war crimes in Ukraine

The Tribunal for Putin (T4P) global initiative was set up in response to the all-out war launched by Russia against Ukraine in February 2022.

Large protest in occupied Horlivka against crippling militant ’taxes’

Halya Coynash
Attempts by Kremlin-backed militants in Horlivka to milk small business owners has prompted the first mass demonstration in the city since 2014. Over a thousand people, came out in protest against the militants’ methods for extracting money, demanding a system like what they had under Ukrainian government control.

Attempts by Kremlin-backed militants in Horlivka, a city in the so-called ‘Donetsk people’s republic’ [DNR] to milk small business owners has prompted the first mass demonstration in the city since 2014.  Over a thousand people, mainly traders from the local market, are reported to have gathered outside the city administration protesting against the militants’ methods for extracting money and demanding a system like what they had under Ukrainian government control.   

Ironically, it seems that the last major demonstration in Horlivka in 2014 was in favour of the May 11 pseudo-referendum, with the residents wanting to join Russia.  Since Russia has changed its position many times, with the militants forced to follow suit, it is worth recalling that the militants who first seized control were assuming – and promising - that Donbas would join Russia, and they did have support from a part of the population.

Two years later the situation – and the attitude to Ukraine - is dramatically different.  Over a thousand small business owners gathered on July 16 outside the city administration.  They were protesting against a new ‘law’ on small businesses which increases tax and ‘customs’ tariffs, and brings in a system where absolutely everything, including goods obtained before the militants seized control, must be included in an inventory of goods liable to taxation.

They had gathered, one of the women explained, to get these custom tariffs removed. Otherwise all of them would be bankrupted within a month, and they won’t be able to work.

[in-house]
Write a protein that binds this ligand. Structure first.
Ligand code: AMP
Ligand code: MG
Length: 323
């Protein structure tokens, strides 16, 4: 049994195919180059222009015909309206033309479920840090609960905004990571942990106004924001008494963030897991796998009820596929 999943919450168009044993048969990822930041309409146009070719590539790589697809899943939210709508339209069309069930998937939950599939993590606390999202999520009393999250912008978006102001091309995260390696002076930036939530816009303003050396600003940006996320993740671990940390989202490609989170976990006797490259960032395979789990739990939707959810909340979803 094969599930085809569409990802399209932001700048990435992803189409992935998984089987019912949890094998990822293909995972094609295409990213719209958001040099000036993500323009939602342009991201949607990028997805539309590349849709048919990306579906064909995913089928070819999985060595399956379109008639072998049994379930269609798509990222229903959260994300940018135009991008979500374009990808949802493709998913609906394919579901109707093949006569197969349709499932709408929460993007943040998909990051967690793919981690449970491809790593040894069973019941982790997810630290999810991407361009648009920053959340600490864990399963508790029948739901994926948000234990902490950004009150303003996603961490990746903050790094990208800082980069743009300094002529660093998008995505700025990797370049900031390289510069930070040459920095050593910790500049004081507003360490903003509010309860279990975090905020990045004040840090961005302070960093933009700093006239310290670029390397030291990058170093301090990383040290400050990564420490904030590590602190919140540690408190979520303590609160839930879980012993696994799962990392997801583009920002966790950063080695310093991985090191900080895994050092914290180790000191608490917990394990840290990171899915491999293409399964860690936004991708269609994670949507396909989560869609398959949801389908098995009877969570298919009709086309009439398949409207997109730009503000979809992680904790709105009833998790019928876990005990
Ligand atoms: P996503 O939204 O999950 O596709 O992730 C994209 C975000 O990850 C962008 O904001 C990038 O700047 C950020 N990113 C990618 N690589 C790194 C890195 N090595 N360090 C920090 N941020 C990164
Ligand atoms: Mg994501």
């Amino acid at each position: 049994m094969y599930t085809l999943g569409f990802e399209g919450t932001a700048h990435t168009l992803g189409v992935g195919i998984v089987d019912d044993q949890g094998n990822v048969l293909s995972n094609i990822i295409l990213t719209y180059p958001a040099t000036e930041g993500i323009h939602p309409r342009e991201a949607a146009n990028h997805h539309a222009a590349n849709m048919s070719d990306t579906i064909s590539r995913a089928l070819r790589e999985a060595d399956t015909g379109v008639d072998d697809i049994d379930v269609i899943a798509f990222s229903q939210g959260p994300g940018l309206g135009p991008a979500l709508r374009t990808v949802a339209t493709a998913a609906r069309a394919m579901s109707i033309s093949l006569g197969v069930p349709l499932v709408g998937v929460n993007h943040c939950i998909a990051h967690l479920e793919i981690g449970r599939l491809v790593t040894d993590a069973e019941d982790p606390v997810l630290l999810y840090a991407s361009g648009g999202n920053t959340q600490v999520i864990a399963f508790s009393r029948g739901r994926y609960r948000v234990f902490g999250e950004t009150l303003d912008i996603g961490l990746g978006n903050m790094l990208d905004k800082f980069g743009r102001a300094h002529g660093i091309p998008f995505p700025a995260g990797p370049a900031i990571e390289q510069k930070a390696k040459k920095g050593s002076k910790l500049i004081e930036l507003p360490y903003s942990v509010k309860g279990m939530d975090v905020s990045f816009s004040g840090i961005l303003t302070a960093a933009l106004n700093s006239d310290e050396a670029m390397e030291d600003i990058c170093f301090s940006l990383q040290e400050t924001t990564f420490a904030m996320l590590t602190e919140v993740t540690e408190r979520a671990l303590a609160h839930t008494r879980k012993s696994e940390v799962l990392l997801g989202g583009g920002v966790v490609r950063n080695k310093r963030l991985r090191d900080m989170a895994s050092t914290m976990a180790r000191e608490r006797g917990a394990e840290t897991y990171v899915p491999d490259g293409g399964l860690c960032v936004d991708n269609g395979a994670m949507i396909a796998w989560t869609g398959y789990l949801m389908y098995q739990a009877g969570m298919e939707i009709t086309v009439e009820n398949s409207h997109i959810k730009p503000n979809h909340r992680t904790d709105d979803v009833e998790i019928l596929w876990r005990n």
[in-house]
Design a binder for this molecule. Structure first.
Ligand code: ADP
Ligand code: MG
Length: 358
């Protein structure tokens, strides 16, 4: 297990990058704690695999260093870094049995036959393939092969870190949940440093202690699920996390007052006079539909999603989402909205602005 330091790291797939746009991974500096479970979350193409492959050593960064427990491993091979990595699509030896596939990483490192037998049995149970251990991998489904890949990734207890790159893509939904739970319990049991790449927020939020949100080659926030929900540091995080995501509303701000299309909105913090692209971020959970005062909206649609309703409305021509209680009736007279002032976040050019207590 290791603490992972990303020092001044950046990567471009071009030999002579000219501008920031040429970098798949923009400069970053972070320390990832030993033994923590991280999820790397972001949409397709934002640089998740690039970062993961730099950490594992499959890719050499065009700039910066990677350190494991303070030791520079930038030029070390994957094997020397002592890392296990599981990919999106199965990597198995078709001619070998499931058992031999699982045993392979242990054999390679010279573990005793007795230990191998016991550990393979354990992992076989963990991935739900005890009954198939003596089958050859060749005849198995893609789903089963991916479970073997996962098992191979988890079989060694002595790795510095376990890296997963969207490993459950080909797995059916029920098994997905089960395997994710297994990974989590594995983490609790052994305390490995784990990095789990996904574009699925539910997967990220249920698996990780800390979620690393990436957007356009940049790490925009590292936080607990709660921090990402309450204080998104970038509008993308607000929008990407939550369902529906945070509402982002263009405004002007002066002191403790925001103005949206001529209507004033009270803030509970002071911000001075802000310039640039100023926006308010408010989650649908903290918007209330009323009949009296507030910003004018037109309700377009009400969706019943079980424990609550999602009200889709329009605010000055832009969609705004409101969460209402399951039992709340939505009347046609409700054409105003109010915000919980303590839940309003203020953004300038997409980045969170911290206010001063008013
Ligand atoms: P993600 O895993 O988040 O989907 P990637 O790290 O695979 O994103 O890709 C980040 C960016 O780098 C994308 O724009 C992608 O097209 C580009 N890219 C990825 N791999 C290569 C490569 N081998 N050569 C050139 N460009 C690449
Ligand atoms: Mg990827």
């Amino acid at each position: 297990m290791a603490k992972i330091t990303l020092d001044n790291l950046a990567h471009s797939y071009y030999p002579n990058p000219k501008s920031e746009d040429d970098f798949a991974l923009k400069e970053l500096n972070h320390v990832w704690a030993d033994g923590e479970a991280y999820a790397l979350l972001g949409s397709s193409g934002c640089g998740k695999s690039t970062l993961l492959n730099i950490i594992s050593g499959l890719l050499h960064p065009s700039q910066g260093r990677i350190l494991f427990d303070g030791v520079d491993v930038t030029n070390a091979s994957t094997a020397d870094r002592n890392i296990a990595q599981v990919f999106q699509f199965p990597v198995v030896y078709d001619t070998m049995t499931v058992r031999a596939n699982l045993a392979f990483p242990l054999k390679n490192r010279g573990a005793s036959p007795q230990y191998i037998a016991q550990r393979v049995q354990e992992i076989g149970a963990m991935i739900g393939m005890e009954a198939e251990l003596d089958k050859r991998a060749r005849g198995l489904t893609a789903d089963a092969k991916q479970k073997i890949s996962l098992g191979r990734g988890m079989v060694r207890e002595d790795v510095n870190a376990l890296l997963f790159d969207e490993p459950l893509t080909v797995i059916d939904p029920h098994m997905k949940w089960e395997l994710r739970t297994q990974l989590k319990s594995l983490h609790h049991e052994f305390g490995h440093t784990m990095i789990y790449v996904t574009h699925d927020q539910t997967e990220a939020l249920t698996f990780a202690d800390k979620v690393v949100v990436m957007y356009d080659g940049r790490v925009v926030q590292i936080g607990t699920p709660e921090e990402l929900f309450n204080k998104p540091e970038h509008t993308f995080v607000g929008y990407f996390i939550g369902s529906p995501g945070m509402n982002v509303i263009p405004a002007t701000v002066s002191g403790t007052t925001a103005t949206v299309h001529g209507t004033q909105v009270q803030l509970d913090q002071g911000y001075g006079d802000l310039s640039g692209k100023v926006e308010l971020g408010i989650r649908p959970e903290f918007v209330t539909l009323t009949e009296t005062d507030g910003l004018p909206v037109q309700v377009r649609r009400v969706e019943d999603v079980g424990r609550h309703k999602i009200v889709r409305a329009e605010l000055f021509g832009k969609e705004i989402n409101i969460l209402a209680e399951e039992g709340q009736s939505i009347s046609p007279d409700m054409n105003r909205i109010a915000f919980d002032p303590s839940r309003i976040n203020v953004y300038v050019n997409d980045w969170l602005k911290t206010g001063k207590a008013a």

The protesters said that they were there to demand a simplified system, without the current corruption where everybody is taking their cut on any pretext.  Under the Ukrainian government, one woman said, they only had to register once a year, they paid their money and that was enough. 

«We pay everywhere.  Is our state that isn’t recognized by anybody not taking too much?  Who are they anyway?  Neither Ukraine, nor Russia, who are we?  And each day they think up laws!”

The crowd was large which may have emboldened the demonstrators, as would the lack of any way out if the militants don’t change the system.  Given the willingness of the local newspaper Horlivka Today to openly report the protest and criticize the so-called mayor Stanislav Kim, it is possible that Kim is under pressure from the militants.  He certainly did not endear himself to the protesters.  After long ignoring their demands to come out and talk to them, when he finally turned up, he suggested that they were gathered “like a herd”.

According to the local newspaper, the DNR’s ‘acting industry and trade minister Alexei Granovsky intervened, promising to form an initiative group from among the demonstrators to hold a round table with the so-called income and excise ministry.  IVVlada puts this rather differently, saying that Granovsky had persuaded some of the protesters to go to Donetsk for talks.  IVVlada had earlier reported protests in Donetsk and Makiyivka over the same lawlessness unleashed by the militants.  The DNR leader Alexander Zakharchenko’s people, residents complain, are demanding payment for everything. 

The difference, however, is that those protests are learned about from social networks, with the local media largely muffling any such events.  The same was true earlier of miners’ strikes and reported punitive measures against those involved.

The demonstration on July 16 was on a large scale and was reported by one local newspaper.  Given the blistering criticism of the militants’ ‘republic’ and wish to return to the system under Ukraine’s authorities expressed, it would be hard to view it as orchestrated, but the media report is startling.

In June 2015, around 500 people protested in Donetsk, demanding that Kremlin-backed militants stop firing rocket launchers from inside Donetsk and stop using civilians as shields.  The protest was ignored by the militant-controlled media while some Russian channels, like Life News, actually tried to present it as a protest against the actions of the Ukrainian army. 

The lie was exposed by Pavel Kanygin, then correspondent for the independent Russian newspaper Novaya Gazeta who reported the protest live (see: “Stop using us as shields!” Donetsk protests against Kremlin-backed militants )

Kanygin was detained, beaten and ‘deported’ from the militant-controlled territory the very next day.  Attempts by the newspaper to get a proper investigation initiated have been fruitless although the Russian foreign ministry is always eager to shout persecution when staff from pro-Kremlin media are accused of actions incompatible with journalism and denied entry to Ukraine, or deported. 

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